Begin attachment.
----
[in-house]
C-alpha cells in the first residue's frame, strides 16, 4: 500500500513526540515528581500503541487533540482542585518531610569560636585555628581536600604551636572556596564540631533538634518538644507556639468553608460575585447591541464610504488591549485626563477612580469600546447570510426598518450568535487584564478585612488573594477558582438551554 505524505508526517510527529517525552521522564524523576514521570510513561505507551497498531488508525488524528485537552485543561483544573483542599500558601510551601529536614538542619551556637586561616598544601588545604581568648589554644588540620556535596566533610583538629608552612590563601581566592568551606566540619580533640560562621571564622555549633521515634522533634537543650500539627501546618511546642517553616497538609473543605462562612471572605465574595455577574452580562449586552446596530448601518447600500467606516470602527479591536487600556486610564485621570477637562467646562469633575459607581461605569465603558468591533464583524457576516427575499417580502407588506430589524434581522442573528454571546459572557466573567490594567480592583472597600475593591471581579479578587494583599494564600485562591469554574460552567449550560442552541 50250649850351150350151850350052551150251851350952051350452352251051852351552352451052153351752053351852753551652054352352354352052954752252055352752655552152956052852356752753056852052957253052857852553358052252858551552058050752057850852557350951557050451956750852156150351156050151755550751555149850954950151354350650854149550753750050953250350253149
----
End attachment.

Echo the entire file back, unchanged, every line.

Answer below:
[in-house]
C-alpha cells in the first residue's frame, strides 16, 4: 500500500513526540515528581500503541487533540482542585518531610569560636585555628581536600604551636572556596564540631533538634518538644507556639468553608460575585447591541464610504488591549485626563477612580469600546447570510426598518450568535487584564478585612488573594477558582438551554 505524505508526517510527529517525552521522564524523576514521570510513561505507551497498531488508525488524528485537552485543561483544573483542599500558601510551601529536614538542619551556637586561616598544601588545604581568648589554644588540620556535596566533610583538629608552612590563601581566592568551606566540619580533640560562621571564622555549633521515634522533634537543650500539627501546618511546642517553616497538609473543605462562612471572605465574595455577574452580562449586552446596530448601518447600500467606516470602527479591536487600556486610564485621570477637562467646562469633575459607581461605569465603558468591533464583524457576516427575499417580502407588506430589524434581522442573528454571546459572557466573567490594567480592583472597600475593591471581579479578587494583599494564600485562591469554574460552567449550560442552541 50250649850351150350151850350052551150251851350952051350452352251051852351552352451052153351752053351852753551652054352352354352052954752252055352752655552152956052852356752753056852052957253052857852553358052252858551552058050752057850852557350951557050451956750852156150351156050151755550751555149850954950151354350650854149550753750050953250350253149